Nursing today is not just one profession, but a wide array of specialties linked by a common foundation in nursing education and theory. Going back to the early days of nursing, there have always been visionary leaders who saw a need and then worked to fill it, creating a professional niche for others who shared their passion. Some of these visionaries have familiar names: Clara Barton, whose work on the frontlines during the Civil War lead to her founding the American Red Cross; and Margaret Sanger, who opened the first birth control clinic in the U.S. in 1916, resulting in her arrest and the beginning of a movement that continues as Planned Parenthood today. Here are some others who are less well known.
Lillian Wald (1867-1940)
Lillian Wald was a pioneer in public health. After seeing first-hand the unsanitary conditions in Manhattan’s tenement buildings during the 1890s, and the lack of medical care available to the burgeoning immigrant population, she founded a visiting nurse service in 1893 and began caring for the poor. By 1895, she had government support and financing and was able to expand services. She opened Henry Street Settlement House, a community center that provided a wealth of services to families and children, including safe playgrounds, health and hygiene education, and cultural experiences. It exists to this day.
Lillian and her staff essentially became the first public health nurses in New York City, with their focus not just on medical care but on healthful lifestyles and environments as well. In 1902, she used some of her funding to hire a public school nurse to make the rounds of neighborhood schools. This undertaking was so successful that the Board of Education began hiring school nurses. In 1912, Lillian co-founded and became first president of the National Organization for Public Health Nursing—which is why she is credited with creating an entire nursing specialty.
Mary Breckinridge (1881-1965)
Mary Breckinridge was an early pioneer in rural healthcare. In 1925, she founded the Frontier Nursing Service (FNS) to bring professional nursing services to Kentucky’s Appalachian Mountains, where residents were notoriously underserved. The FNS relied on nurse-midwives to bring general and maternal care to an area that was then so isolated that the caregivers traveled on horseback and accepted bartered goods as payment. During its first two decades of service, the area’s infant and maternal mortality rates plunged to well below the national average. The FNS staff founded the first professional association of nurse-midwives in 1929.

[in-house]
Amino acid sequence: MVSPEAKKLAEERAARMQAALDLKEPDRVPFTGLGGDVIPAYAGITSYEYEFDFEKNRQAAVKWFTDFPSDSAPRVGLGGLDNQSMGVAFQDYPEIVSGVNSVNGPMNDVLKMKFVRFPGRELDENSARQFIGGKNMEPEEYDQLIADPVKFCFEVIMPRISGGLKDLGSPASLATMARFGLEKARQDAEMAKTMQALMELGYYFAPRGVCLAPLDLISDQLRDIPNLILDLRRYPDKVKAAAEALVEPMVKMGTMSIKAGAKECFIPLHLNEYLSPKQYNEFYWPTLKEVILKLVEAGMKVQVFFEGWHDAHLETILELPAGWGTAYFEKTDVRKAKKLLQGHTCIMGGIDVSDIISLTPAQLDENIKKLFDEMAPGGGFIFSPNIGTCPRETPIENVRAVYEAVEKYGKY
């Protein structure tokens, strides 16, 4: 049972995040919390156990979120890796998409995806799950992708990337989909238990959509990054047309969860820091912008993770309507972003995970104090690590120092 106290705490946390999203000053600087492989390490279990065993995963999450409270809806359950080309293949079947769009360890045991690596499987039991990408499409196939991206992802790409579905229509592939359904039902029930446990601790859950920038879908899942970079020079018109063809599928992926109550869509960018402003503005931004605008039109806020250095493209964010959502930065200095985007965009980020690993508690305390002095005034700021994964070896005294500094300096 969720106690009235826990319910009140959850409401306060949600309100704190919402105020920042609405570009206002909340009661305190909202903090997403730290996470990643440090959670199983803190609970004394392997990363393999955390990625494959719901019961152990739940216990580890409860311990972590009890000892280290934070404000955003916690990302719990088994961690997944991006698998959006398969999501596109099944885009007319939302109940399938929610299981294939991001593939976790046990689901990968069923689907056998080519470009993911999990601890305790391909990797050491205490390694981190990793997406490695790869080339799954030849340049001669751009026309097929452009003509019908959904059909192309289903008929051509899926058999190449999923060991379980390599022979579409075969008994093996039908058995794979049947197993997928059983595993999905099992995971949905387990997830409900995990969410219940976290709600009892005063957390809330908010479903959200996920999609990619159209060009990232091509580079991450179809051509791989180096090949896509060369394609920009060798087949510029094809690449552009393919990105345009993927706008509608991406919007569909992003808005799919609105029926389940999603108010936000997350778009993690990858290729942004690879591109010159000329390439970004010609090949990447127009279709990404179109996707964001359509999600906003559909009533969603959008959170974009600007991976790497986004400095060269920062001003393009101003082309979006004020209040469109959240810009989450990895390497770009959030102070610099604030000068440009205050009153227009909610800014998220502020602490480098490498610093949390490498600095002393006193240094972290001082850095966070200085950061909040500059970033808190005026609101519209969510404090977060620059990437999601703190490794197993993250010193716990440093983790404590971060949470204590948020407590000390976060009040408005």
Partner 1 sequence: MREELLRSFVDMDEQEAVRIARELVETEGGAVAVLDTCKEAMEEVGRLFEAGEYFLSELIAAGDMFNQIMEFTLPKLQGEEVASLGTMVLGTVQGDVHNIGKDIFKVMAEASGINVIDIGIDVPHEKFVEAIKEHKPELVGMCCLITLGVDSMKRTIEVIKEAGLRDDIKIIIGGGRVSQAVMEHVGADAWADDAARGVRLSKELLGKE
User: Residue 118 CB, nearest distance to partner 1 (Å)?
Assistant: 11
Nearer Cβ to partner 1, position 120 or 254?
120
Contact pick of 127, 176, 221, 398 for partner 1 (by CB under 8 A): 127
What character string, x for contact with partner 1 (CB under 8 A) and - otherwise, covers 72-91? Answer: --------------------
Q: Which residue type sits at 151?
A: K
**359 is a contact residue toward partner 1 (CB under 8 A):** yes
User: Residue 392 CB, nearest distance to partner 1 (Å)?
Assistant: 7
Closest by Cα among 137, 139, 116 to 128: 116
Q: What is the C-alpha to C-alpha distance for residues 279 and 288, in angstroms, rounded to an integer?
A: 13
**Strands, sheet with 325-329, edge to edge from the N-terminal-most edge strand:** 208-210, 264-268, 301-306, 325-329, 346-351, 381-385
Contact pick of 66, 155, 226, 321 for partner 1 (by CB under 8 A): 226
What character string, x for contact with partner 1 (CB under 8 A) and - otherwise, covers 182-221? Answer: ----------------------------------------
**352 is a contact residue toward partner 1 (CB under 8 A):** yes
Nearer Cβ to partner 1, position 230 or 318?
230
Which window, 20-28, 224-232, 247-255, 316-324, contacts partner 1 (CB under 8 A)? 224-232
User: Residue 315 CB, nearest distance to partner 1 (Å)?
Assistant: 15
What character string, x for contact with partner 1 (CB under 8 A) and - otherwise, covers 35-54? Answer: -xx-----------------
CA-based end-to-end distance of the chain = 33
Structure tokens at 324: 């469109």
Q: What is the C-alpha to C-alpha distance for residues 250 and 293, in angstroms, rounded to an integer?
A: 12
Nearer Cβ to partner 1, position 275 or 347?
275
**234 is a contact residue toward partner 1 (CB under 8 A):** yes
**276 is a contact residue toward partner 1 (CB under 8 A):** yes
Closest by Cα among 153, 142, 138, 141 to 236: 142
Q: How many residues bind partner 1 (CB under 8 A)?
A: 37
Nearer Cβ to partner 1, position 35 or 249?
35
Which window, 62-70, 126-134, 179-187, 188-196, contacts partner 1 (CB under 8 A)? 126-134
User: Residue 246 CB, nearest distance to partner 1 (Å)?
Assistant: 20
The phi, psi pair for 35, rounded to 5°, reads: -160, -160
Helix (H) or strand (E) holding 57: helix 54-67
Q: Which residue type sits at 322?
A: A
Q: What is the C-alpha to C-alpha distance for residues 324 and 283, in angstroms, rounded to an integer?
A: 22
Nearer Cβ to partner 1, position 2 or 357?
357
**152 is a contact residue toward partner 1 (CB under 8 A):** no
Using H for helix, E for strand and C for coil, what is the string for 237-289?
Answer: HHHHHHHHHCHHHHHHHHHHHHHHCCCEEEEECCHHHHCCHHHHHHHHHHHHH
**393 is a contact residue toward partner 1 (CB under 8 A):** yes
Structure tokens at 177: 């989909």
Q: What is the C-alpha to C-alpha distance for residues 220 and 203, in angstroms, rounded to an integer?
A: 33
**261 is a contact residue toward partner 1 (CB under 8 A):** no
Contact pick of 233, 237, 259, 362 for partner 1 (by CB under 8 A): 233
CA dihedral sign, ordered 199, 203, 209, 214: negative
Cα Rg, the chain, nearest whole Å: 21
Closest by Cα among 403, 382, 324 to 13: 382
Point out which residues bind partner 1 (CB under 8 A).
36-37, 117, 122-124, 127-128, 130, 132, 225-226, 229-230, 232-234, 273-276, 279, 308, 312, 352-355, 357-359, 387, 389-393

By the 1960s, healthcare had become so complex that the FNS expanded its focus to train and hire family nurse practitioners, allowing the organization to provide more comprehensive care to all family members. Today, Mary’s work in rural healthcare is carried on through the Mary Breckinridge Hospital, now owned by Appalachian Regional Healthcare. Rural populations still face many health disparities, but we’ve come a long way, thanks to Mary’s early efforts.
Dorothea Dix (1802-1887)
Dorothea Dix created lasting reforms in America’s mental health system. She was not formally trained as a nurse, due to the era she hailed from, yet she is considered one of the most famous nurses in history. Although she was appointed to superintendent of the Union Army nursing corps during the Civil War, her most important contributions came before that. During the 1840s, Dorothea became interested in the plight of the mentally ill, who were locked up under deplorable conditions. She read everything available about mental illness and the treatments of the day, and she conducted extensive field research, visiting jails and homes for the poor across Massachusetts, documenting everything. She then presented her research to the state legislature and asked for a state-funded mental hospital. After this initial success, she took her reform campaign to other states. As a result of Dorothea’s patient advocacy, many psychiatric hospitals were built or improved upon, and staffed with trained nurses. Dorothea was ahead of her time, a visionary who could see a mental health system of holistic care, rather than imprisonment.
Florence Wald (1917-2008)
Florence Wald is known as the mother of the modern hospice movement. As a nurse, she was troubled by the way terminally patients were treated and became interested in palliative care after hearing a lecture on the topic by a British physician. At that time, Florence was the dean of the Yale School of Nursing, and she reportedly worked to update the program to make students more aware of end-of-life issues. In 1966, Florence stepped down from her position to found the Connecticut Hospice, the first such program in America. Today, of course, hospice programs are ubiquitous, and all nurses are trained to advocate for their patients’ dignity, freedom from pain, and right to make autonomous decisions.